As a matter of interest, we have some guys at our club flying planes that have an amp draw of more than 80A, and if I remember correctly you normally weld steel at about 60A!!!
Tuesday, April 05, 2005
FOOD FOR THOUGHT....Monday, 04 April 2005
The reason for starting this sheet is to keep us pattern pilots taking. As pattern pilots we are doomed to a lonely existence, people who do not fly pattern think we need to be institutionalized, sometimes I think so myself, but when you get down to the nitty gritty of enjoying flying, the pattern always has a challenge even when you are at the top,.......... Andre & friends cannot relax for a moment, as the lead can easily be taken by someone else, as well as in the Sportsman class, in the Western Cape, Peter Kapp has been doing some sterling work at his Club & around the Cape encouraging Pattern, Cape Radio Flyers has now got 3 pattern flyers, & in our Club we have pilots in all the divisions,....But still one needs to swap ideas, or help with problems that we sometimes encounter, some problems may seem to be impossible but when you mention it to fellow flyer that looks at the problem from a different angle, solutions are soon found....So I would like to set up this forum for those who are not lucky enough to have fellow pattern pilots in their club......Any problems be it about flying, Competitions, Judging......just as a matter of interest this paper is circulated to a few judges, so if you want to ask the judges about 'stuff' e-mail me & I will past the matter on to them.....they will answer & if they don't have the right answers we will stop their bribes at the next comp......
So Now you have a forum that u can use to ask questions.....Just one thing...NO & I Mean NO Political Agendas......& NO personal attacks on anybody...Except Judges......& Helicopter pilots.....& Politicians .... & Dealers ( they are the same as drug dealers, as they sell OUR Drugs........ except that our drug dealers are more expensive & Live in mansions & Have X Type Cars & Holliday homes & Yachts ...&full size planes...I am so jealous)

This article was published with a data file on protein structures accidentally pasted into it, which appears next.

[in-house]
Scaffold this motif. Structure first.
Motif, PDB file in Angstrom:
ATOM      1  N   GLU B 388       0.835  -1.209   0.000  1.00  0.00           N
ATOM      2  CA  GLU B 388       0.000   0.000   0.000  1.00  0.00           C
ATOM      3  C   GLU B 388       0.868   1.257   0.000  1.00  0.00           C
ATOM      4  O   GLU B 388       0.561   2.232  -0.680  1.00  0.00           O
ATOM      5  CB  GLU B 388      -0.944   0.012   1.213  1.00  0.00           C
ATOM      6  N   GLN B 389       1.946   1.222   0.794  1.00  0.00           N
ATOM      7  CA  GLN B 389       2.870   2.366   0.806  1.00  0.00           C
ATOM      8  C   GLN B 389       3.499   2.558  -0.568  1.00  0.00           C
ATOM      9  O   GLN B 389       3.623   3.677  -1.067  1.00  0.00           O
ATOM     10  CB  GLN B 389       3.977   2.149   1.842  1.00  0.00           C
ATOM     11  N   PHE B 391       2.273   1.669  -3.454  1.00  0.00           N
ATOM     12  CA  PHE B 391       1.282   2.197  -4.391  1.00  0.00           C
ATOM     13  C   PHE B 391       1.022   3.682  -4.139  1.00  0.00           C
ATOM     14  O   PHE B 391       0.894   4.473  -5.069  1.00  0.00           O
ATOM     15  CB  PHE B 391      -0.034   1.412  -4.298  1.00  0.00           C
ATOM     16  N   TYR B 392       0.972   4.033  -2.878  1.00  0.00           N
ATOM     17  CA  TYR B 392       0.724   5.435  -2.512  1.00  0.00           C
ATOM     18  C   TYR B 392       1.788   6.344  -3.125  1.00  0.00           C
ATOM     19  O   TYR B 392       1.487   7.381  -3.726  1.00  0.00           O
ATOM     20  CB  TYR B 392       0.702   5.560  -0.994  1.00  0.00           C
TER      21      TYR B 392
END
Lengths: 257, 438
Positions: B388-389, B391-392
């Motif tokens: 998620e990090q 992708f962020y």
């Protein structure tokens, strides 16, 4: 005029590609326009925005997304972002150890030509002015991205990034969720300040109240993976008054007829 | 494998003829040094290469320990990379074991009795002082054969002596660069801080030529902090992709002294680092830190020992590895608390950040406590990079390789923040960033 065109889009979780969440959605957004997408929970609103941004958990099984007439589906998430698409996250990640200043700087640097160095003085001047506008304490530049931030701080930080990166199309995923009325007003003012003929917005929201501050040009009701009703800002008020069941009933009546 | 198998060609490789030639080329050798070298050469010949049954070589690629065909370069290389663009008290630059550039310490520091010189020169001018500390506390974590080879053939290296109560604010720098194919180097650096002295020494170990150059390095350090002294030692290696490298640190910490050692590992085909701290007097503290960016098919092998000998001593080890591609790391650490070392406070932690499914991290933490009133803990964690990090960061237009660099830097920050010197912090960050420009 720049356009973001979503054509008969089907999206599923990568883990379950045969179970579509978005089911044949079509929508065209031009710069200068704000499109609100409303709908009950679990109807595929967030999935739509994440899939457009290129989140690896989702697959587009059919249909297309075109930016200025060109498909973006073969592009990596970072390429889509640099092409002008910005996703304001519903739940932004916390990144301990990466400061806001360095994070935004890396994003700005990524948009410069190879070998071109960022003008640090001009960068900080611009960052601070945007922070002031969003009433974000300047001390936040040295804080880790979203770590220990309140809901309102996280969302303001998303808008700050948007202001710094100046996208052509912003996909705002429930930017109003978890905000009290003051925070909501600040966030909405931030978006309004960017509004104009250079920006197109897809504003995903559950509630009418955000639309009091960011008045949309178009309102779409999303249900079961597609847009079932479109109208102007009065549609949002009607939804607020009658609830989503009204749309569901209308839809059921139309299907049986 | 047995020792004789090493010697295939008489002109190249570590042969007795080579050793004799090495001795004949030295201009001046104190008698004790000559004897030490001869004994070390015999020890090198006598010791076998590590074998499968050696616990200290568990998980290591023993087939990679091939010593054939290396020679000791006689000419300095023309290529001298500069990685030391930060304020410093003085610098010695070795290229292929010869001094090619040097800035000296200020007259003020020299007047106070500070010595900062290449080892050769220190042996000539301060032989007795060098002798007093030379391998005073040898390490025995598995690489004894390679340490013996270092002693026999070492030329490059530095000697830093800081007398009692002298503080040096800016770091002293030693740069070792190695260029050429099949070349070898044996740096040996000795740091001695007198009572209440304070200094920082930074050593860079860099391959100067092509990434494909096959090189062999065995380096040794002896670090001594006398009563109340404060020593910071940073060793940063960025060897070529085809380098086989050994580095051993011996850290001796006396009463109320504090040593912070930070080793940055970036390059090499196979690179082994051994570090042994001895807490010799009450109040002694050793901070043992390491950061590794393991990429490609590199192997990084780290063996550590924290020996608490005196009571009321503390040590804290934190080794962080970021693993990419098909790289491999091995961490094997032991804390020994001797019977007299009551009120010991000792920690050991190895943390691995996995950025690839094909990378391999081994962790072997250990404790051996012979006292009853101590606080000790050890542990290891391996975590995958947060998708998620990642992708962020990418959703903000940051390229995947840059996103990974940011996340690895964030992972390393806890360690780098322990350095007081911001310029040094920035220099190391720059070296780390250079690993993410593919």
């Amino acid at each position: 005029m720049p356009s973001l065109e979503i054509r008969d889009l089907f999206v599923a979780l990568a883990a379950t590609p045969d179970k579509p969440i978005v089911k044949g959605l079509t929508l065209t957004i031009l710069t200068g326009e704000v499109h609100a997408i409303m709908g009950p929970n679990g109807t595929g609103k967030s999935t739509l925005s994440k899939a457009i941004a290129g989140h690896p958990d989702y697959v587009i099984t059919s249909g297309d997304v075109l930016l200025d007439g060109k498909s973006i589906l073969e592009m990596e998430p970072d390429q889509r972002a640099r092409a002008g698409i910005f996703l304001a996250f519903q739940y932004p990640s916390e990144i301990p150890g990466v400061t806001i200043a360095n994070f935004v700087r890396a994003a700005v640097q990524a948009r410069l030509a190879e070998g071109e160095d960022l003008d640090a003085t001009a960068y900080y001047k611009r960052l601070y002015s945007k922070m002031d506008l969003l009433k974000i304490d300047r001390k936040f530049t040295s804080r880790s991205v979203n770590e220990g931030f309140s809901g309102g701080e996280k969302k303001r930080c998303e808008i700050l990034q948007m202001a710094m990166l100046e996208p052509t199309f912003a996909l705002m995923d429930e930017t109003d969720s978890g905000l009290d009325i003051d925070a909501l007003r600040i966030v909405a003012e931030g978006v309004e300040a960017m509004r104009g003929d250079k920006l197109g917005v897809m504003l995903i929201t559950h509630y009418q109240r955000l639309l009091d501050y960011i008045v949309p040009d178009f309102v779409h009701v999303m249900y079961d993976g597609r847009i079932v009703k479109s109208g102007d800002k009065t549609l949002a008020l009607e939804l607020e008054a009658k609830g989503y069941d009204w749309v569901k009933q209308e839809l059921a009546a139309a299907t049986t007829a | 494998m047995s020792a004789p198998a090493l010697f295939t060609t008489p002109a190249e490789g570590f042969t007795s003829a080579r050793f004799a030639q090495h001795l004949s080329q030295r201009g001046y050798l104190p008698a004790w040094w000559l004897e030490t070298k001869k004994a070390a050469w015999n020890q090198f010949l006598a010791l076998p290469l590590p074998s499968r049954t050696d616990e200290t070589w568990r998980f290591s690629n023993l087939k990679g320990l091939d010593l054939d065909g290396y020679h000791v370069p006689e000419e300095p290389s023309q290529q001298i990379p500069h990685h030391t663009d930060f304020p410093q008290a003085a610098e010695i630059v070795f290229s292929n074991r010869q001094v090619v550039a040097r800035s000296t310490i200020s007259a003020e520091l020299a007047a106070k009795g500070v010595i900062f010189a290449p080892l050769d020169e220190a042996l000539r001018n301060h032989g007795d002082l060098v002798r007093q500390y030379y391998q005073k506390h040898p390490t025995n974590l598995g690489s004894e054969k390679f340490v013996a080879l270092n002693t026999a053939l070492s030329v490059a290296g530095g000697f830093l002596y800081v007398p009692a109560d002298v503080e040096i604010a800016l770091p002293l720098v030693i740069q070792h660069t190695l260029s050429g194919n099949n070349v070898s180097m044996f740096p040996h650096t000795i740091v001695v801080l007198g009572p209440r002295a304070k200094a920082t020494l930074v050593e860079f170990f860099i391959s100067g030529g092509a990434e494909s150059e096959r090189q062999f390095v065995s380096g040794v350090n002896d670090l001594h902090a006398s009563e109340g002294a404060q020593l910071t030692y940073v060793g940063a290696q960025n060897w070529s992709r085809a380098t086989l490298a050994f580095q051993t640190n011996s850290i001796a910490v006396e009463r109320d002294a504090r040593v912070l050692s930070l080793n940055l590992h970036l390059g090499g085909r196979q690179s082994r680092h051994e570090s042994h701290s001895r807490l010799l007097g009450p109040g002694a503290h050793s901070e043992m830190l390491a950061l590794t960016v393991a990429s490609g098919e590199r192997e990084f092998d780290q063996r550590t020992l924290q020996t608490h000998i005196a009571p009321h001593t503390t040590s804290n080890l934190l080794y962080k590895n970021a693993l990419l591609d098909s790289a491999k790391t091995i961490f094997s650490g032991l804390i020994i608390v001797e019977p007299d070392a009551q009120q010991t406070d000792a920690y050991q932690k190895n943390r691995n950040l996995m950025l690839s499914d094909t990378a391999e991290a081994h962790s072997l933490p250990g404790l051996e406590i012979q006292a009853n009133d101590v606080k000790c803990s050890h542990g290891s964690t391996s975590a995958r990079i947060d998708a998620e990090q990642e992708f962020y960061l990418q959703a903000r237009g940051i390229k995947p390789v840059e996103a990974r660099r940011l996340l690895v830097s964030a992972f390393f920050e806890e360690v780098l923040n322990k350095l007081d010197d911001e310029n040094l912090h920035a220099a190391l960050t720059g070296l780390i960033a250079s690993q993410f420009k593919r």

Now I am busy putting together a 'moan' that has been close to my heart for a long time, the distance of the flight line from the judges, according to the book it must be 150 meters, but generally most flyers fly way of in the distance and are judged in my opinion not as harshly as a flyer that flies to close, but when flying further away you have a distinct advantage in that your flight line becomes much longer & especially for Rolling maneuvers ......................you some gain some serious advantage, but if you fly to close the judges hammers you & you have the disadvantage of having a rather short flight line, now my suggestion is than we have 2 distance markers for at serious comps, i.e. in fly-offs for the masters (i.e. the top 4) we have flagmen sitting at the 150 meter mark as well as on the 200 meter mark, if the pilot flies further than 200 meters from the judges he must be penalized heavily as he now has a serious advantage in that his flight line is very long & setting up rolling maneuvers is a lot easier......I'm not abdicating a zero score but a serious downgrade in the region of 4 to 5 points......if the flyer is to close he will be docked similarly but also has the disadvantage of a short flight line.....Double whammy.........
I have asked Louw Smit to work out the difference in the flight line lengths for every 10 meters you fly away from the 150 meter marker.......so u will see that flying further than 200 meters should be judged as completely out of the box & score zero........I will send off those calculations as soon as I receive them from Louw....I could not do the calculations myself as I did no trigs in Standard 3
P.S........I did pass Standard 3 Maths on the higher grade.....
IF YOU HAVE ANYTING ON YOUR MIND...........PLEASE LET ME KNOW & I WILL DO MY BFST TO GET IT OUT TO ALL........
CLAUDE........FROM THE MOST BEUTIFULL CITY IN THE WORLD.......ALL THE VAALIES HAVE ARE MOST BEUTIFULL MINE DUMPS...& MONEY...HA. HA....